Wednesday, December 14, 2011

Everything Floats

Today I'm gonna introduce a physical concept that is used a lot in Chemistry. Like some physical properties, this one is hard to explain; I never had a clear concept on college and only understood it correctly in university.

Let’s use this example:

What weights more, a pound of rocks or a pound of feathers?


Both are the same, a pound is a pound, the difference is that to have a pound of rocks we would only need a few smaller rocks, but to get a pound of feathers we will need a lot of them.

The difference of the volume occupied by these 2 objects is because of the difference of DENSITY between them.

The density of a material is its weight divided by the volume occupied by that mass. The density of liquid water is 1, this means I liter of water weights 1 Kilogram, but the density of ice is 0.9 because 1 liter weights 900 grams. This is the explanation of why the ice floats in your drink.

Hydrostatic principle

If we tie a rock to a string and we immerse it into water we observe that the necessary effort to hold it is less than when it is in the air; it’s like if its weight was decreased. In the same way, if we try to sink a glass pushing its bottom into the water we will notice a big resistance.
These 2 phenomenons obey the same reason: Every liquid exert over the objects immersed in them a force in the contrary direction of the weight, called Push or Bouyancy.

Archimedes discovered that the push experimented by any object immerse in a liquid or a gas is equal to the weight of the fluid being displaced but in opposite direction.


Therefore, on any object immerse in a liquid act 2 forces: its own weight, directed to the center of the Earth (gravity) and the push force of the fluid, directed in the opposite direction. When the weight is bigger than the Push, the object sinks. When the push is equal to the weight, the object remains suspended in equilibrium without movement. And when the push is bigger than the weight, the object goes up to the surface until the weight of the immersed section equals the weight of the displaced fluid.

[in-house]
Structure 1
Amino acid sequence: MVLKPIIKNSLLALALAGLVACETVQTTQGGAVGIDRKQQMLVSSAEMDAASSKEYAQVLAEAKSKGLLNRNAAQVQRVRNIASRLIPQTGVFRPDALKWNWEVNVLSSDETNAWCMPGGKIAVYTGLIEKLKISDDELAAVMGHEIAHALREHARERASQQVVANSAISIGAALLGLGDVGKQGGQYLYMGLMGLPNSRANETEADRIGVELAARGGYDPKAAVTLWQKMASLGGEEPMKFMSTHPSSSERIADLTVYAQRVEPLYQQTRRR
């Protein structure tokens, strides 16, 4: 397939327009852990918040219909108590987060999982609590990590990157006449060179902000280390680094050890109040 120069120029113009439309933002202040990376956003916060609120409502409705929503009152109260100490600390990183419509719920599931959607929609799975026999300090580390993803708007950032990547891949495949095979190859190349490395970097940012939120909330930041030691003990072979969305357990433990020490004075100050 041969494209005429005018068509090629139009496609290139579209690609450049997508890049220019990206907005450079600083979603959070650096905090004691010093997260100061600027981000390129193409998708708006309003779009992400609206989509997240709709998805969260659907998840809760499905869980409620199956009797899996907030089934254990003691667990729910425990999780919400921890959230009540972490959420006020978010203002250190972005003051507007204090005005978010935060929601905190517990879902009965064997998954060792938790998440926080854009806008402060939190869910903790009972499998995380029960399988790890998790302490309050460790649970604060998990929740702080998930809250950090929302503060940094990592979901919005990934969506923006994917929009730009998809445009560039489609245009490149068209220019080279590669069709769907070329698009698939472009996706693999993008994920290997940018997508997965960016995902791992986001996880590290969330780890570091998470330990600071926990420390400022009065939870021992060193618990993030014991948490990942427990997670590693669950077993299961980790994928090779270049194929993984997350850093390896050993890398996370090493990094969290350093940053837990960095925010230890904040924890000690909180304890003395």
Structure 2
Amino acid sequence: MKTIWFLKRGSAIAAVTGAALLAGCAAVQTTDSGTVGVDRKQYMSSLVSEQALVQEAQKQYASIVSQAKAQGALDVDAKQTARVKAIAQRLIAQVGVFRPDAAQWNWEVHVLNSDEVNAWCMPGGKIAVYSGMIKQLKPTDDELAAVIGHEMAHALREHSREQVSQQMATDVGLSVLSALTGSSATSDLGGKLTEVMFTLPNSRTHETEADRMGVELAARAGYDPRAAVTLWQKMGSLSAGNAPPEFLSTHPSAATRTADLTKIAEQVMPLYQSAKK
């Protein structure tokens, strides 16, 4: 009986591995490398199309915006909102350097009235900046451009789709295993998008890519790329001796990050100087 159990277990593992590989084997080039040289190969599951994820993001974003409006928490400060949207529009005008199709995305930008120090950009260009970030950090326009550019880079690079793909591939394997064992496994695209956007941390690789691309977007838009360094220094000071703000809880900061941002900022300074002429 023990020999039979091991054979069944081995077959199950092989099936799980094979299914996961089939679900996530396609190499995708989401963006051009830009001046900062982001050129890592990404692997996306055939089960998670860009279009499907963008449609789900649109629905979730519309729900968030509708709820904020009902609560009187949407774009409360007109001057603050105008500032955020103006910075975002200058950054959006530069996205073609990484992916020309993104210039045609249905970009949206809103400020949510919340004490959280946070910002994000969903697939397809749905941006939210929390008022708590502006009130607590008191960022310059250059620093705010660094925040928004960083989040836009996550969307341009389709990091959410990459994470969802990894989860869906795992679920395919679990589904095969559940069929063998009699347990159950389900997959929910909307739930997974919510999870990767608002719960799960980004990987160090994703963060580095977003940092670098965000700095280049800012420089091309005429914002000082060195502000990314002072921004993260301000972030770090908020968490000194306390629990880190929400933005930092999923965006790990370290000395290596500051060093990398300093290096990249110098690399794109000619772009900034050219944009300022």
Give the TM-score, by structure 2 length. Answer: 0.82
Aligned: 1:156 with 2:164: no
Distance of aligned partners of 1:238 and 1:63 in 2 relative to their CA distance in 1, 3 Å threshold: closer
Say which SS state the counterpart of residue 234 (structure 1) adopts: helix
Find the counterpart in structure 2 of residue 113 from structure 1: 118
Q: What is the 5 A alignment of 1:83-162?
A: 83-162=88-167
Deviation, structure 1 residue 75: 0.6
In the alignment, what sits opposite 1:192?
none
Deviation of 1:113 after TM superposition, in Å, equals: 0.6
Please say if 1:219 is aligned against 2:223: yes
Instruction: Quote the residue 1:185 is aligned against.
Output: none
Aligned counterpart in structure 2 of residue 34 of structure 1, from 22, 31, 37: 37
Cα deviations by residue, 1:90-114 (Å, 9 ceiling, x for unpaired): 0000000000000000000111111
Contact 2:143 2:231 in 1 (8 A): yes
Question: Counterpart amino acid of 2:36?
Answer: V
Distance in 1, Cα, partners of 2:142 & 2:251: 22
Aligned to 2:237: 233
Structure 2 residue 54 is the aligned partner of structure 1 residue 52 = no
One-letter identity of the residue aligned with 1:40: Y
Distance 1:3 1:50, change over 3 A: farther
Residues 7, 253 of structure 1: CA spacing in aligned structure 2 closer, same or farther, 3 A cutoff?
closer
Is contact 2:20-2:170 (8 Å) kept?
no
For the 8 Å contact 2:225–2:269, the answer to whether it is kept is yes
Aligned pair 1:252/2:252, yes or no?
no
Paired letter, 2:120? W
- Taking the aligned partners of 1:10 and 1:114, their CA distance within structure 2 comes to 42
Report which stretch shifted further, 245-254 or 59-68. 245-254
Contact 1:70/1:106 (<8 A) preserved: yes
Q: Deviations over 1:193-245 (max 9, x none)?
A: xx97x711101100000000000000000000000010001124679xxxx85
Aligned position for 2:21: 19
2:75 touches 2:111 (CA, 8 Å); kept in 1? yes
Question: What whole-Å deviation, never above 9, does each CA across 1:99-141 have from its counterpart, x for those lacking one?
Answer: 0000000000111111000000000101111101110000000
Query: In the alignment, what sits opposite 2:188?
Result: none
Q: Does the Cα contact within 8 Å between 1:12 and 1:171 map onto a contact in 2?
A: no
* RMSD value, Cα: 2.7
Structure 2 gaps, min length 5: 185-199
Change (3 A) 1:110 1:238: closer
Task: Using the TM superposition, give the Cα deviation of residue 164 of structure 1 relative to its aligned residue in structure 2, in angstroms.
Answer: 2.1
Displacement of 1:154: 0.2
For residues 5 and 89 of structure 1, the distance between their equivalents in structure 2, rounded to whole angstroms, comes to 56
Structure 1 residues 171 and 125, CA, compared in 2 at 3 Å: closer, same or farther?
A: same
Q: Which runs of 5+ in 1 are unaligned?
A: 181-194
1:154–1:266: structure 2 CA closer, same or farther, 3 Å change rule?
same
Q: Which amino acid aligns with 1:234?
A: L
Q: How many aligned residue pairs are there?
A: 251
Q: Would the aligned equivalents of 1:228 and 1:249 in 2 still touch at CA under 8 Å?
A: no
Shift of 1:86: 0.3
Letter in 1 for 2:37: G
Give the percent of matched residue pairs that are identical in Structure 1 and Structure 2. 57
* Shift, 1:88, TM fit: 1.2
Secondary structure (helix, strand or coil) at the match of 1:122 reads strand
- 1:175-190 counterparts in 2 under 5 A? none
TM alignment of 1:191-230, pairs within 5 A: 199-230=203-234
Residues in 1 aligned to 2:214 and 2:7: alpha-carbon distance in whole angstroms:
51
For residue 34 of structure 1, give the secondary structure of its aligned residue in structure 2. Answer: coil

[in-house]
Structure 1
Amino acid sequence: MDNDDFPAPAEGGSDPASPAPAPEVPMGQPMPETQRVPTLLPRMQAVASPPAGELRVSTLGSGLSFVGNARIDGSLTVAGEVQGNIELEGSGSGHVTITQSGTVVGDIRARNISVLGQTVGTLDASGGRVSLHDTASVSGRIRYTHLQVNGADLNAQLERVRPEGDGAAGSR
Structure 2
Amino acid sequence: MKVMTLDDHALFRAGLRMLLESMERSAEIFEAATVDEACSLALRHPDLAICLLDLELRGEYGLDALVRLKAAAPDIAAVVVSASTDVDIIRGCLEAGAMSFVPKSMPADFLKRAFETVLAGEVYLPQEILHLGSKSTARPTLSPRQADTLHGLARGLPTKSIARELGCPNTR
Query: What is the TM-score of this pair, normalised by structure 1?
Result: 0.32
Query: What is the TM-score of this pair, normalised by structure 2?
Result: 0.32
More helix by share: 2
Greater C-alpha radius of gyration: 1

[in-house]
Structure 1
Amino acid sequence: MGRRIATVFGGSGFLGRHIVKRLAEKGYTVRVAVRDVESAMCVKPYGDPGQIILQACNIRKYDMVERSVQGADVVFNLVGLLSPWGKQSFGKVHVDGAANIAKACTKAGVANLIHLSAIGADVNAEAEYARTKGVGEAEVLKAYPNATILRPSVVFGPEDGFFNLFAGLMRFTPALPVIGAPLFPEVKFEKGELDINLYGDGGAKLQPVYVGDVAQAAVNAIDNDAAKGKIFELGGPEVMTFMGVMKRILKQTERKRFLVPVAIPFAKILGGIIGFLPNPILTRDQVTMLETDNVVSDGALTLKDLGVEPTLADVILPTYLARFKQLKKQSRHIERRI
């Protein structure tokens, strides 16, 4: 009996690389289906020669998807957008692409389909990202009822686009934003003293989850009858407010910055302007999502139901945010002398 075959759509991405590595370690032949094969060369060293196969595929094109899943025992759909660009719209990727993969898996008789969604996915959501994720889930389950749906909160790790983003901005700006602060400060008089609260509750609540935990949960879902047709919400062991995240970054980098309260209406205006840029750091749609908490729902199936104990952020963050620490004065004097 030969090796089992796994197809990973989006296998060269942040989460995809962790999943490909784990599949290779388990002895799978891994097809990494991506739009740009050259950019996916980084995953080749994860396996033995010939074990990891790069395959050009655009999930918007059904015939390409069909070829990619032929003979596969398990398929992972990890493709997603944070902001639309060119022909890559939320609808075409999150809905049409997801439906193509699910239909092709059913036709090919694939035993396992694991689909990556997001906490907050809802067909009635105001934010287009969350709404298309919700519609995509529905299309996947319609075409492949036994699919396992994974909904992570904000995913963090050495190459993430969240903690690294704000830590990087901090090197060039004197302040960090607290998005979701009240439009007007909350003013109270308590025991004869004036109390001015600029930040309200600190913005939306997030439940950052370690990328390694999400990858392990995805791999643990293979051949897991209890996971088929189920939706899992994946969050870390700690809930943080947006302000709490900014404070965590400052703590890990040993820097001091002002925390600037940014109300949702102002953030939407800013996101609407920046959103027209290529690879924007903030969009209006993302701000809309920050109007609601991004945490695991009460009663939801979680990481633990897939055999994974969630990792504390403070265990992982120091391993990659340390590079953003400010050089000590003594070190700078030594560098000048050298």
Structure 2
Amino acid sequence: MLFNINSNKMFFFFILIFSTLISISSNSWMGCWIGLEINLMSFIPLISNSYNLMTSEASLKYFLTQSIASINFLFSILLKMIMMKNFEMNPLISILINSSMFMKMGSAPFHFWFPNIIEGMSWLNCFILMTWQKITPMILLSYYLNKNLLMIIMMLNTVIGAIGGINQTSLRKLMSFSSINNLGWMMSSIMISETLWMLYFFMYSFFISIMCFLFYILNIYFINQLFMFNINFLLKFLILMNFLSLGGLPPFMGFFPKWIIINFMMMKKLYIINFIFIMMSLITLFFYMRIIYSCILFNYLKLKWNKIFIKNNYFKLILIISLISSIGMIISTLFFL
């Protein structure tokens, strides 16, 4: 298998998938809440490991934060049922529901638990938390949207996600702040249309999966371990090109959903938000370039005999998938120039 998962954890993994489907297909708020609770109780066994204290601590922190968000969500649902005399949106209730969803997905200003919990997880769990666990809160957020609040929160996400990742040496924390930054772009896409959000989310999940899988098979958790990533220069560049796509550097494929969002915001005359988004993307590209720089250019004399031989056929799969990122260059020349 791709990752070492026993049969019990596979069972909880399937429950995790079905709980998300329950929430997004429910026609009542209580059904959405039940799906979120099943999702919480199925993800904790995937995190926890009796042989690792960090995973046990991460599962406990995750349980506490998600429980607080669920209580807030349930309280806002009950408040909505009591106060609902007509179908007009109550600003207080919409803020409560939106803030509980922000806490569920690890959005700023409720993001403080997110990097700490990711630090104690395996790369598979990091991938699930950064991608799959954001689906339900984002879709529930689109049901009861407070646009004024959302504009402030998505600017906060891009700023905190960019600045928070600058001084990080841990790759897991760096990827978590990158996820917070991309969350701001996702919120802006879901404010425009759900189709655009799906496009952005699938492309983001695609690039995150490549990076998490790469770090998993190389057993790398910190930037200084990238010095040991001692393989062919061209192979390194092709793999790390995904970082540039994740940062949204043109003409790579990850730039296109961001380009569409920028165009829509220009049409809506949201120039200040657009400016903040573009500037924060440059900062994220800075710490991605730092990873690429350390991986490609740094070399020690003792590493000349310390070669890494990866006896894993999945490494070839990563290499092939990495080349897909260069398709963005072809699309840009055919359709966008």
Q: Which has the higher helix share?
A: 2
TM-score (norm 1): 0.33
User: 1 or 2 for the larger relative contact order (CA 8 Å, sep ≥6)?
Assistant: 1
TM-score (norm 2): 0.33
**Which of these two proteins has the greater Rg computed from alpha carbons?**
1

Any object can float, as long as it is immersed on a substance more dense than itself, like this bronze object that is floating in Mercury. 

 Source: Ciencia Recreativa (1992) - Planeta Agostini


Sub-Radar-Mike said...

I wish I could have had you as a chemistry teacher back in high school, you explain things so clearly!

Foxzero said...

omg if i hadnt read it i wouldnt never know, is easy to notice how every person in a normal life will never notice that XD

Hento the loony repairman :D said...

i always iamgined Archimedes running out of his tub srceaming "Eureka!" after he figured it out, haha and also the title reminded me of the clown from IT "they all float!!"

Liaata said...

Very good explanations! Thanks for that mate!
Always a pleasure to visit your blog!

Vague Raconteur said...

Good explanation of this concept. Density's a difficult one for people to get their head around sometimes :)

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